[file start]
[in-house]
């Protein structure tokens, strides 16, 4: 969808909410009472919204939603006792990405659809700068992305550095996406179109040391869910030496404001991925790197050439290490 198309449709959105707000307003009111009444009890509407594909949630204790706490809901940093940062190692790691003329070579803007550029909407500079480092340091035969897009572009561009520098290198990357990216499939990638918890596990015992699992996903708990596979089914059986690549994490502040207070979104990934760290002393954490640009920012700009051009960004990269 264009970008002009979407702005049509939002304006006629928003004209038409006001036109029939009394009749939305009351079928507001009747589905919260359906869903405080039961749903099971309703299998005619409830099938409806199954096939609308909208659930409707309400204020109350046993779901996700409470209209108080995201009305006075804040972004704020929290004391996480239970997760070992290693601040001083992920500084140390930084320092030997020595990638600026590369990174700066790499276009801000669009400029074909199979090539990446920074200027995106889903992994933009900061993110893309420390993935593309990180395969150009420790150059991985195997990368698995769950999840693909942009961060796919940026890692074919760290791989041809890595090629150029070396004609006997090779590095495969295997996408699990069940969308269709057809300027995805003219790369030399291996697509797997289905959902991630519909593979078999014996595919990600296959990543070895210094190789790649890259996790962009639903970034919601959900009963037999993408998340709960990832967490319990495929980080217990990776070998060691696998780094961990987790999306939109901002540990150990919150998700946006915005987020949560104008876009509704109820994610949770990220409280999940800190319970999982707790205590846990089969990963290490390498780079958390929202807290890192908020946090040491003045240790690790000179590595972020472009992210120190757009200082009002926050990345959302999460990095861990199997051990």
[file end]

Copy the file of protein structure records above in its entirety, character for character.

[in-house]
């Protein structure tokens, strides 16, 4: 969808909410009472919204939603006792990405659809700068992305550095996406179109040391869910030496404001991925790197050439290490 198309449709959105707000307003009111009444009890509407594909949630204790706490809901940093940062190692790691003329070579803007550029909407500079480092340091035969897009572009561009520098290198990357990216499939990638918890596990015992699992996903708990596979089914059986690549994490502040207070979104990934760290002393954490640009920012700009051009960004990269 264009970008002009979407702005049509939002304006006629928003004209038409006001036109029939009394009749939305009351079928507001009747589905919260359906869903405080039961749903099971309703299998005619409830099938409806199954096939609308909208659930409707309400204020109350046993779901996700409470209209108080995201009305006075804040972004704020929290004391996480239970997760070992290693601040001083992920500084140390930084320092030997020595990638600026590369990174700066790499276009801000669009400029074909199979090539990446920074200027995106889903992994933009900061993110893309420390993935593309990180395969150009420790150059991985195997990368698995769950999840693909942009961060796919940026890692074919760290791989041809890595090629150029070396004609006997090779590095495969295997996408699990069940969308269709057809300027995805003219790369030399291996697509797997289905959902991630519909593979078999014996595919990600296959990543070895210094190789790649890259996790962009639903970034919601959900009963037999993408998340709960990832967490319990495929980080217990990776070998060691696998780094961990987790999306939109901002540990150990919150998700946006915005987020949560104008876009509704109820994610949770990220409280999940800190319970999982707790205590846990089969990963290490390498780079958390929202807290890192908020946090040491003045240790690790000179590595972020472009992210120190757009200082009002926050990345959302999460990095861990199997051990």